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From Alexandre Rafalovitch <arafa...@gmail.com>
Subject Re: Miserable Experience Using Solr. Again.
Date Wed, 14 Sep 2016 00:46:42 GMT
On 14 September 2016 at 06:42, Aaron Greenspan
<aaron.greenspan@plainsite.org> wrote:
> This is a potential solution, but not one I choose to pursue. For one thing, I am not
an idiot. I’ve managed Linux systems for about 18 years now and I’ve been programming
for 20. I have learned that I am rarely the best at anything, so sure, I fully admit that
there will always be others with much better skills than my own. But I’m an intelligent
person with experience in software trying to leave constructive feedback, and being told that
my feedback essentially reflects on my own stupidity kind of misses the point. I’m providing
feedback because things need fixing.

<counter-rant>
And that's the part I am confused about. Managing LInux systems is a
real pain in the ... Config files locations differ between
distributions. Upgrades are confusing, error messages are truly
critic. Debugging by dmesg and truss/strace is dark arts. Reading the
logs is nearly an art.

But with that experience, Zookeeper port is an lsof away. Or a ps away
if you want to read it from the parameters. Or a netstat away. Binding
anything to a local subnet is something of a standard firewall
operation. Couple of other things are output as part of "bin/solr
start --help" as well as part of log messages of running examples. I
understand the frustration. I truly do. And my own - committer - focus
is on improving beginner's experience (no, not looking for funding).
But the problems you list are definitely should be minor, not major
pain points to a Linux system administrator.

Solr is not like a WordPress. WordPress is designed for external users
and so is optimized for ease of used at expense of everything else.
Not correctness, not internal security (passwords are plain text,
plugins have access to everything), not ease of "good" development.
And WordPress is a _small_ product. It is a wrong comparison to the
point that apples and oranges are in the same category of fruit.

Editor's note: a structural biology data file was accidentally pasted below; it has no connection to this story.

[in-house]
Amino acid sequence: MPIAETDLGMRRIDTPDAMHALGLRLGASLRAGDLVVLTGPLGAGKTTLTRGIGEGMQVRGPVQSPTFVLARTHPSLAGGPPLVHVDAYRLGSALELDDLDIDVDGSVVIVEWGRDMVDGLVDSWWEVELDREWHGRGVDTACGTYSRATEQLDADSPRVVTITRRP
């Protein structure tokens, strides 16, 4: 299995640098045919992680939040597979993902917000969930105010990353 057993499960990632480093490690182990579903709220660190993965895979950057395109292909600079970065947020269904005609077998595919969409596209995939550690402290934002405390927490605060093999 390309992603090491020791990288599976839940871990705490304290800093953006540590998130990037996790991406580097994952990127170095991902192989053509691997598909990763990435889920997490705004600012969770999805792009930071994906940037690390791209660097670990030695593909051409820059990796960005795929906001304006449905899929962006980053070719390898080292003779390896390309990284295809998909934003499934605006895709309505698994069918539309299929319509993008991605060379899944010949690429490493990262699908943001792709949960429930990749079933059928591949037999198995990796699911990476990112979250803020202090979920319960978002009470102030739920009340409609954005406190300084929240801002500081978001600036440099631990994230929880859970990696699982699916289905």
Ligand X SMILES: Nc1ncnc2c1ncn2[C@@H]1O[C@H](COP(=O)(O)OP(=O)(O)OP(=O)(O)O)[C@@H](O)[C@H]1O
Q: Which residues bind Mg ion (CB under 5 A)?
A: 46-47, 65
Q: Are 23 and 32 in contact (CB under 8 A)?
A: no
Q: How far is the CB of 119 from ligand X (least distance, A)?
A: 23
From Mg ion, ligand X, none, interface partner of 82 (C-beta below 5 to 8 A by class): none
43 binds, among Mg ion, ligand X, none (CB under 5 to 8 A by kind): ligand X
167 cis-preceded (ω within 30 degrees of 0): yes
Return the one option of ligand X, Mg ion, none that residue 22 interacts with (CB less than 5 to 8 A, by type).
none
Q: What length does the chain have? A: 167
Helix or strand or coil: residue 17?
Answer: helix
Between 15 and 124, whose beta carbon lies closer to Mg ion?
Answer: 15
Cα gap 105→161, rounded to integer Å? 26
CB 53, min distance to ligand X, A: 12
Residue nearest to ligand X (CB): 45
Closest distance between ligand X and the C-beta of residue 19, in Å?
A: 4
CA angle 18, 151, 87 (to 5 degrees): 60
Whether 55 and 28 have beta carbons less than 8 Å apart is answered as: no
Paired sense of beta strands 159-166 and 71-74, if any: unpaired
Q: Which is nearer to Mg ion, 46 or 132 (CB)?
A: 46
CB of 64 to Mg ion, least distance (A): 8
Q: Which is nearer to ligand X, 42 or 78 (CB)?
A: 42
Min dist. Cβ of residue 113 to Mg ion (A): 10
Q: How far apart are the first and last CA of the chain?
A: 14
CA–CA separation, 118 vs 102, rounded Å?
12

Solr is like a MySQL at least. And, frankly, changing a root password
in MySQL is also quite a pain. Or BEA weblogic (which I could...)

As to JIRA, the question was of a very high granularity on a use case
that is complicated and is not a bug/feature distinction. It also has
been discussed multiple times on the User list.

</counter-rant>

Anyway, I see one JIRA in this so far (Admin UI reclosing the log
message). If nobody else opens it, I will and have a go at it in the
next couple of days.

Regards,
   Alex
P.s. Aaron, perhaps you missed it with the digest mode, but I JUST
asked for feedback on an example reading group idea. I would have
expected you to jump on an opportunity as that would mean a direct
access to somebody contributing their contributor (mine!) time to
improve your understanding of Solr at whatever level of knowledge you
currently have. And - if that's not obvious - to see what kind of
things people find difficult to feed it into the next version of Solr.
Several people already showed interest, but you are not among them.
Hopefully, you will see that email and join us on your next read
through the digest. For easy reference, the survey link again is:
https://www.surveymonkey.com/r/JH8S666

----
Newsletter and resources for Solr beginners and intermediates:
http://www.solr-start.com/

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